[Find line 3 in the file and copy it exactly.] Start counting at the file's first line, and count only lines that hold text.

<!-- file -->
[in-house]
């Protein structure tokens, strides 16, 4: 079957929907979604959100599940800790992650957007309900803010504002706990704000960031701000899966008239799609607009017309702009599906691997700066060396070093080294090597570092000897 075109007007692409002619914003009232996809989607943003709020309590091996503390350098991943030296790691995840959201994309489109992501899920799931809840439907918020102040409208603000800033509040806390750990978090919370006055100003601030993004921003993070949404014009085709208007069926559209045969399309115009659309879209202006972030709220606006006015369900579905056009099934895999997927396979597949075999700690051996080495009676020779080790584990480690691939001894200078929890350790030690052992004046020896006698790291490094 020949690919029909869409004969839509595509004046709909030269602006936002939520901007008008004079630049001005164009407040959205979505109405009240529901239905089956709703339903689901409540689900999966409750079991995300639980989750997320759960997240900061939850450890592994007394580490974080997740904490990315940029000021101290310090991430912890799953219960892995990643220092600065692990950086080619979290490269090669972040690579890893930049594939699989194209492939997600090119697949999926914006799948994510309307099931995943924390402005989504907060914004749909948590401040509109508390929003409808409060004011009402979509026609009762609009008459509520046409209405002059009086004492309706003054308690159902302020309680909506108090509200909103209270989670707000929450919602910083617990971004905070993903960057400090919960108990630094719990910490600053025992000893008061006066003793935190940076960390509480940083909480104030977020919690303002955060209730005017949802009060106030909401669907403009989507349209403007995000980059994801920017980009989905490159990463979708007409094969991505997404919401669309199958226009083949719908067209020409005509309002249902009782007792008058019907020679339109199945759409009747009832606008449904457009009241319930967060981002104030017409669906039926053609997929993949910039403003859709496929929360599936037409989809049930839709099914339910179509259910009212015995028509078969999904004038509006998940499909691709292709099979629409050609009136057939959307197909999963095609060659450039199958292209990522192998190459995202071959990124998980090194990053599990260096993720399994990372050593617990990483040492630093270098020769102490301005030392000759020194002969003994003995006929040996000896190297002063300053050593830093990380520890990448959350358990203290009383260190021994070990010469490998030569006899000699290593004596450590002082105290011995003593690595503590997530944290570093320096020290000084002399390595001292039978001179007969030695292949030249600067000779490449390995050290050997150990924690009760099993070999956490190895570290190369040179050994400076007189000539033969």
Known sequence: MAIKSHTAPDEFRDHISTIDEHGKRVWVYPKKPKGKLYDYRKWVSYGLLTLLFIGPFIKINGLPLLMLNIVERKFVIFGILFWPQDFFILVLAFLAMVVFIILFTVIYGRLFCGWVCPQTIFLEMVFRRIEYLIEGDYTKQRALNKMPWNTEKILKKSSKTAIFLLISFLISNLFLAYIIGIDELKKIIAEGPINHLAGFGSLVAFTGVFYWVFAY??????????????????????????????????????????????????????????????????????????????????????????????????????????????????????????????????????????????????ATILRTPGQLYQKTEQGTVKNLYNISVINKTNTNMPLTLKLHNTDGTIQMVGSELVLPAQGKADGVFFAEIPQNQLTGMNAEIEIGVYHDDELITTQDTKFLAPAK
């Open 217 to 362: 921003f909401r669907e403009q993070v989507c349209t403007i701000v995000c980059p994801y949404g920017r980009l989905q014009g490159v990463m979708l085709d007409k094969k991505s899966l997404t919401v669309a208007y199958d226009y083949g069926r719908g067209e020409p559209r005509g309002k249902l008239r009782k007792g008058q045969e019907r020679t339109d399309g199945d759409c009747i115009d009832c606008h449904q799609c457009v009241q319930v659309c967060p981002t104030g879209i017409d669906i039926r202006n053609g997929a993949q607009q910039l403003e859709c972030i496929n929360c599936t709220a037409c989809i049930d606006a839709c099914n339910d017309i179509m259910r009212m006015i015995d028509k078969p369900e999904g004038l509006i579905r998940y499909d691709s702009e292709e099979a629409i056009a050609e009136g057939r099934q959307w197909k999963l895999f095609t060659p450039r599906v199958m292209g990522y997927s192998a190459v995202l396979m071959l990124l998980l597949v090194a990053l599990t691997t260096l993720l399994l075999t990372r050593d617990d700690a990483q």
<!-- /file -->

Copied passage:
Known sequence: MAIKSHTAPDEFRDHISTIDEHGKRVWVYPKKPKGKLYDYRKWVSYGLLTLLFIGPFIKINGLPLLMLNIVERKFVIFGILFWPQDFFILVLAFLAMVVFIILFTVIYGRLFCGWVCPQTIFLEMVFRRIEYLIEGDYTKQRALNKMPWNTEKILKKSSKTAIFLLISFLISNLFLAYIIGIDELKKIIAEGPINHLAGFGSLVAFTGVFYWVFAY??????????????????????????????????????????????????????????????????????????????????????????????????????????????????????????????????????????????????ATILRTPGQLYQKTEQGTVKNLYNISVINKTNTNMPLTLKLHNTDGTIQMVGSELVLPAQGKADGVFFAEIPQNQLTGMNAEIEIGVYHDDELITTQDTKFLAPAK